Stories about East Asia from November, 2006
Eliesmith writes about the 2006 African Development Indicator, “According to the report, the Federal Republic of Nigeria and the Republic of South Africa have retained their dominant positions on the economies of sub-Saharan Africa. Both countries account for 55% of the GDP of the region.”
The bulk of Ethiopia's bloggers disappeared from Ethiopian computer screens for the second time in seven months this week. All sites hosted by the popular Blogspot platform stalled when internet users tried to log on to them through their Ethiopian Telecom Corp dial-up connections. The small stable of anti-government blogs...
Via Dili-gence comes this post by Teresa that has a comprehensive guide for newly arrived people in East Timor.
Arie meets the first and only native rabbi in Cambodia.”Jewish? In Phnom Penh? Adollah would like to meet you. He's very friendly, free with his blessings, and he may be able to heal the sick.”
Our Local Style in Brunei is happy that the authorities are serious about airport security. Brunei's main airport was closed for two and half hours after an alert passenger notices an unaccompanied handbag in the smoking lounge.
New Mandala links to a video from May 1992 that shows Thai soldiers kicking and beating people who were protesting against the government then. The soldiers were under the ultimate command of Surayud Chulanont, the current prime minister of Thailand.
Logan Wright in Survived SARS translated a survey from China Youth Daily about consumers’ attitude towards foreign bank.
Sun bin blogs about a recent Chinese documentary T.V, the rise of Great Nation, which will probably be as influential as River Elegy produced 18 years ago. It is regarded as a prelude to the next wave of reform in China
ESWN translates an interview in the Southern Weekend with actress Zhang Yu, who has been posting videos of her trading sexual favors with directors and producers in return for film roles.
Multantfrog points to a news concerning Japan public policy makers recent action: The Tokyo Metropolitan Government started a project Monday to cut down 1.8 million cedar trees in the mountainous Tama region west of Tokyo to help people with cedar pollen allergies.
Joe in Multantfrog blogs about the newly introduced foreigner registration system in Japan, which requires foreigners to give the immigration a copy of their criminal / fingerprinted record.
The State Council of the People's Republic of China has finished the investigation of several pollution cases in Jilin province, which has caused the death of 8 people and 700 million yuan economic loss. However, the government officials involved only recieved warnings and punishment by the party. Ai Wei-wei criticized...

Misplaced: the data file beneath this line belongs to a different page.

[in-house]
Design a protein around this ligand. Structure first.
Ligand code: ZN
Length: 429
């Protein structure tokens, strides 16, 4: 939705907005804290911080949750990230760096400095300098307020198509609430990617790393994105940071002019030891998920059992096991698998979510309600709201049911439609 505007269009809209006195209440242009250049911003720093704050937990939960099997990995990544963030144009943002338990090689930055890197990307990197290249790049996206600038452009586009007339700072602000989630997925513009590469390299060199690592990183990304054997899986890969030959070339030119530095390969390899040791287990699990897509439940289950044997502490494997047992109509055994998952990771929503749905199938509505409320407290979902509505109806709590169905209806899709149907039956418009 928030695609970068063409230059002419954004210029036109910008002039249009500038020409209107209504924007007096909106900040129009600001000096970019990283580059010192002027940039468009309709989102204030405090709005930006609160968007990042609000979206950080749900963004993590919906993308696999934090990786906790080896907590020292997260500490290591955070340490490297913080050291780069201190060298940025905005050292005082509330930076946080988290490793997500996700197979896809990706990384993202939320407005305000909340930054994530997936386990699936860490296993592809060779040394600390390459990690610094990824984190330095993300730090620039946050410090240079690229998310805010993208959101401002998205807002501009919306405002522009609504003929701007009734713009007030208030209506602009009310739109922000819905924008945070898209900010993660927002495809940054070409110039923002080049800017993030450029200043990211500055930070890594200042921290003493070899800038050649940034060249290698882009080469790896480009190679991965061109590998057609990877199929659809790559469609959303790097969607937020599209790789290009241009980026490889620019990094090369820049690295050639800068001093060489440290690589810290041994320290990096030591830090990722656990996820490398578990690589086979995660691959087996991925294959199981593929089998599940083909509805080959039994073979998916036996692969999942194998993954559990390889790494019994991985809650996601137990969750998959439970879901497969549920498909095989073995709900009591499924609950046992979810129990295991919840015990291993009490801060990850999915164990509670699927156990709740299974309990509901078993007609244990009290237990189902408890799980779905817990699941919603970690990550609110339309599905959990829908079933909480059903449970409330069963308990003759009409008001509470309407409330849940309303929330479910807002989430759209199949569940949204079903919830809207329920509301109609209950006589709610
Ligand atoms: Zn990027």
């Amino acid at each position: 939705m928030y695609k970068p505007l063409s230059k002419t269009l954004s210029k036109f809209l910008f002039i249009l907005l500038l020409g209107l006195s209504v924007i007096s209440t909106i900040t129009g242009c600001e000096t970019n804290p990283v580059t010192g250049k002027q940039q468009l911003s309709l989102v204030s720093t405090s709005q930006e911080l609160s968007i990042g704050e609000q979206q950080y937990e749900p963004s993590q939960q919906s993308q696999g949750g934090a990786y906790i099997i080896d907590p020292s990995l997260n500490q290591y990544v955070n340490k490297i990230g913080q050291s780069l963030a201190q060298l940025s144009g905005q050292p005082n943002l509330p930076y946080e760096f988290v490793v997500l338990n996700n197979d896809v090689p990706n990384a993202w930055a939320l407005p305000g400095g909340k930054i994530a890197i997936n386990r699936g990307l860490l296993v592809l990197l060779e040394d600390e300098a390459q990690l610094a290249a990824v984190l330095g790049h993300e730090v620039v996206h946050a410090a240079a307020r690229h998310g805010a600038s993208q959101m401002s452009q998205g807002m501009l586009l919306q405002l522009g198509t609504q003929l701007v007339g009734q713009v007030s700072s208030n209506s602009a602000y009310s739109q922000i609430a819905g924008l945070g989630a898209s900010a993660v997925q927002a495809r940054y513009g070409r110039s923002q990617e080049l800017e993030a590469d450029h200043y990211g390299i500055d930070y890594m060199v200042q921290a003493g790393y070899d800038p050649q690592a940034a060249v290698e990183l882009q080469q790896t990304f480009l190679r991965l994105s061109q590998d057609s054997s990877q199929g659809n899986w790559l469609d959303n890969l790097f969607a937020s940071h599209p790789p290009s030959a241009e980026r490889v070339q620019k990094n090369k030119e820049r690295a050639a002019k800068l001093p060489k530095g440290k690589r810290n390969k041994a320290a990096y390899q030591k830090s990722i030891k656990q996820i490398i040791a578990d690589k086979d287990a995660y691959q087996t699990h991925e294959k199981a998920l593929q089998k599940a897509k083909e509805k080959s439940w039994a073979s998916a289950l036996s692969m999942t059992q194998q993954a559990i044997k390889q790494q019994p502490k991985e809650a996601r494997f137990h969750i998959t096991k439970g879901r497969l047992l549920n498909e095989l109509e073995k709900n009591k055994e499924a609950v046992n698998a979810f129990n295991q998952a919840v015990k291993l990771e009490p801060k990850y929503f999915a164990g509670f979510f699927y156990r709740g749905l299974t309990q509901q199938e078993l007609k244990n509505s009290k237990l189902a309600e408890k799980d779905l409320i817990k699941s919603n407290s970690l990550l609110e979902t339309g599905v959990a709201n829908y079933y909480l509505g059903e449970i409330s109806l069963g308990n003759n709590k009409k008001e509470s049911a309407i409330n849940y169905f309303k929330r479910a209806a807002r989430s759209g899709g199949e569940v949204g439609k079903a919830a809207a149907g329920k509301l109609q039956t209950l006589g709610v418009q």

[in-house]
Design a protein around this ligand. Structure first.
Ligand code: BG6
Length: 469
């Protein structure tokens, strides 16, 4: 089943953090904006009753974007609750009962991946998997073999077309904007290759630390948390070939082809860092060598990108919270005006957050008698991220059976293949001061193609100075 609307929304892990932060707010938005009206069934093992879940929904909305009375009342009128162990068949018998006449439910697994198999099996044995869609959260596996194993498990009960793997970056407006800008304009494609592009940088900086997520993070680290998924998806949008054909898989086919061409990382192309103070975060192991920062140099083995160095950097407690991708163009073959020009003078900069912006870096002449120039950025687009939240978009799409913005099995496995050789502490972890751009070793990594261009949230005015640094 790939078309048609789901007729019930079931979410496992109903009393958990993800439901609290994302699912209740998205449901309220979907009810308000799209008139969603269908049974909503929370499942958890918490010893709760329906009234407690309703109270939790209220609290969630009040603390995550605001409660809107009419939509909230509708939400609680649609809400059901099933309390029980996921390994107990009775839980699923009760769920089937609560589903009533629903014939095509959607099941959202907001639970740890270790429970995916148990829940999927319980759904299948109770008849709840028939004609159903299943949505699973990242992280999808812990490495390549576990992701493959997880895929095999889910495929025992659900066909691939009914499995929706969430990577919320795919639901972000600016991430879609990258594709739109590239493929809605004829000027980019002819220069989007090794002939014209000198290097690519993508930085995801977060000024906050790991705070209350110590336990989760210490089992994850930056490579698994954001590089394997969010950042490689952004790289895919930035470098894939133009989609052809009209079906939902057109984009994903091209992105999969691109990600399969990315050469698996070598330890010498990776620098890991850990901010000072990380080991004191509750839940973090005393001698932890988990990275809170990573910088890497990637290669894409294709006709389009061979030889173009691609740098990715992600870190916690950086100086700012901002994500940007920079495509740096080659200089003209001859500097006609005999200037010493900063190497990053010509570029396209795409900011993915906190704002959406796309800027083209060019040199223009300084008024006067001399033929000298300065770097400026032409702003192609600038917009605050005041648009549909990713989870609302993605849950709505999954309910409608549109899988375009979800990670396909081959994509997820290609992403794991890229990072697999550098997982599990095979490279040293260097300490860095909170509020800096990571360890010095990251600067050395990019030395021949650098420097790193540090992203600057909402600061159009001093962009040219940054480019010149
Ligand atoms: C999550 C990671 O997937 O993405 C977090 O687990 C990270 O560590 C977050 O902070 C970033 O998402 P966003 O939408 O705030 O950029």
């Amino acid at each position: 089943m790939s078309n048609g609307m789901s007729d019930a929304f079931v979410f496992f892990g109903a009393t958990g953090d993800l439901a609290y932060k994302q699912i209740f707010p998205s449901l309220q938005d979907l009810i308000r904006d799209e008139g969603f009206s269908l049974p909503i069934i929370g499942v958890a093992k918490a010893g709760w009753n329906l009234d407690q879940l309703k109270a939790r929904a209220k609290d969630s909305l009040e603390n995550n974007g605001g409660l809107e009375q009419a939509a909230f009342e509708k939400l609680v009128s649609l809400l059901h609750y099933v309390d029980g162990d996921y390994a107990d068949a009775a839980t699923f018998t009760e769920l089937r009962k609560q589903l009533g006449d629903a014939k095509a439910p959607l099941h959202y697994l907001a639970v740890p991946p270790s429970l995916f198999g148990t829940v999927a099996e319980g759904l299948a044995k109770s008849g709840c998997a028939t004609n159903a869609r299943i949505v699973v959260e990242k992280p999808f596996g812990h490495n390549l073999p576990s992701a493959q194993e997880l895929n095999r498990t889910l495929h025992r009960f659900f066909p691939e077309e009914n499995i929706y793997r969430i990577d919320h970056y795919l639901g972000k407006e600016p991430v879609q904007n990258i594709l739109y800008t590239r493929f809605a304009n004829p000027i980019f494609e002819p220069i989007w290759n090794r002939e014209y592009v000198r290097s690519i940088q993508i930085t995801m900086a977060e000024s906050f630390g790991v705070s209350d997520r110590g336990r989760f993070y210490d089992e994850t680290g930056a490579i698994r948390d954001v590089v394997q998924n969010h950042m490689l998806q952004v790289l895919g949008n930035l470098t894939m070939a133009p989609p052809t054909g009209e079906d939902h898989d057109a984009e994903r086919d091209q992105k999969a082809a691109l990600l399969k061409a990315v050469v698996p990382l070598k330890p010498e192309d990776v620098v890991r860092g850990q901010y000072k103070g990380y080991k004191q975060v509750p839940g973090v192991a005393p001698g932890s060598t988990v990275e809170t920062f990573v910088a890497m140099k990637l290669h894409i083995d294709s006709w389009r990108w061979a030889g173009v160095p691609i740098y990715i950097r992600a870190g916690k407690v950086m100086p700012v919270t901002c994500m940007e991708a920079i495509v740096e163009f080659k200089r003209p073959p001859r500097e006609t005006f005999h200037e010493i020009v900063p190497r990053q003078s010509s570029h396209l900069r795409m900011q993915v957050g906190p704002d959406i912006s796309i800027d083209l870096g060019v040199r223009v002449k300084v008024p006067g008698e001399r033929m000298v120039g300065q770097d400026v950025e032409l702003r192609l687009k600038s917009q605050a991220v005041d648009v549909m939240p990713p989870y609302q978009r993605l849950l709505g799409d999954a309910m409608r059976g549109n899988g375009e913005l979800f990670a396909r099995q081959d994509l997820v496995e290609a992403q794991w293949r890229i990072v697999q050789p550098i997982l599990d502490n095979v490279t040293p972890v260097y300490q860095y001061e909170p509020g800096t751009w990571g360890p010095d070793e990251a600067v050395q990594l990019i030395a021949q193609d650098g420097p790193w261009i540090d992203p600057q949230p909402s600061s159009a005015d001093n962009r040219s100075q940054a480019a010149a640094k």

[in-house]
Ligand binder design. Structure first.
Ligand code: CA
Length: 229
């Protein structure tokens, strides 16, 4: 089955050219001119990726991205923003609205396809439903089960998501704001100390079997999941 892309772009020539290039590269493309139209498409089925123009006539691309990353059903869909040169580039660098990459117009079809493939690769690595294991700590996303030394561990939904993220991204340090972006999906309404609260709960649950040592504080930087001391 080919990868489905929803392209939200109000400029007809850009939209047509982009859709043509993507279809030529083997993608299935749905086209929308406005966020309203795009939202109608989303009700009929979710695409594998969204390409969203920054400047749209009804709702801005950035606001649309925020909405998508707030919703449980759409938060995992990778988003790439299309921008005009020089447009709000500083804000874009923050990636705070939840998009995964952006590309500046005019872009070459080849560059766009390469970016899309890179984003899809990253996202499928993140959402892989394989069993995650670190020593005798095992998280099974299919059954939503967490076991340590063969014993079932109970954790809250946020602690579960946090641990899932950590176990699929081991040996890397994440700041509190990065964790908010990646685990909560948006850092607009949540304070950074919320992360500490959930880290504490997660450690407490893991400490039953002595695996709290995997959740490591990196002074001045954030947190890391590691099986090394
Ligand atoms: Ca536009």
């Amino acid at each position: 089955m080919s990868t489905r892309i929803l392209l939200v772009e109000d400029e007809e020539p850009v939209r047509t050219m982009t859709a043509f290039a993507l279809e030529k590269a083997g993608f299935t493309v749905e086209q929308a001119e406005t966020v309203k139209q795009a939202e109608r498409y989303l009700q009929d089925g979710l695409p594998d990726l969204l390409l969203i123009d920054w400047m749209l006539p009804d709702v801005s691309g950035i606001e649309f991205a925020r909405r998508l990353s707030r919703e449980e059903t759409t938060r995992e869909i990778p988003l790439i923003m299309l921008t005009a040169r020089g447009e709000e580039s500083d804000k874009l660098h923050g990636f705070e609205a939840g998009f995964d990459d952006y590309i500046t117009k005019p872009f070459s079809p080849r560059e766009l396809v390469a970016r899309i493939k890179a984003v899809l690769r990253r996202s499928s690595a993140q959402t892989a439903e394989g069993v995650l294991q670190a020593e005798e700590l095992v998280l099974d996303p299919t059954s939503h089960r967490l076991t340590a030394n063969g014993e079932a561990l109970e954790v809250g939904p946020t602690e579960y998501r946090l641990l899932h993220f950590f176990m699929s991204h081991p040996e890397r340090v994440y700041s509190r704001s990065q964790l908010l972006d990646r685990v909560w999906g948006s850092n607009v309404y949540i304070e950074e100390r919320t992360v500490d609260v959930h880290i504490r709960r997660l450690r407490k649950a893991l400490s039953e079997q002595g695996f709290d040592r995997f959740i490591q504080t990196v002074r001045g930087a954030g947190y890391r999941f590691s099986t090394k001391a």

Wang Xiao feng comments that the Karaoke copyrights fee management recently proposed by culture bureau is against international practice and damaging local music industry: The caculation is a standardize price per song (via the culture bureau managing system) rather than a monthly negotiated price between the Karaoke company and the...
A report at interlocals.net by torrent on the recent debate between handicapped alliance and foreign maids on granting the migrant domestic workers basic labour rights in Taiwan.
Citizen reporter, Victor Foo, from Ohmynews! writes an evaluation on South Korea's president Roh Moo-hyun's achievements and setbacks during his term.
The blind human rights activist's case is re-opened today. According to Zeng Jinyang (zh), the lawyers were harrassed by local police and the village has been blocked to prevent local villagers to go to the court as Chen's eyewitnesses.
Kaishin in Japundit presents some data from a recent blogger survey: almost 70% of the people who took it responded that updating was too much of a trouble…
Fons Tuinstra from China Herald foresees that China will have more crazy growth for 2007.
Shang_kenneth from Shanghaiist reports that a 7 metre high statue of Chairman Mao has been recently erected in Changsha. It is a prelude to Mao's birthday next month.
ESWN puts togethers reports and translation on the media story about the resignation of a famous soccer commentator on CCTV, Huang Jianxiang. The case is significant as it touches upon the media system, a debate between two media workers.
China Media project translates an article from Southern Metropolis Daily which comments upon the recent sex scandals and discusses about free speech and social responsibility.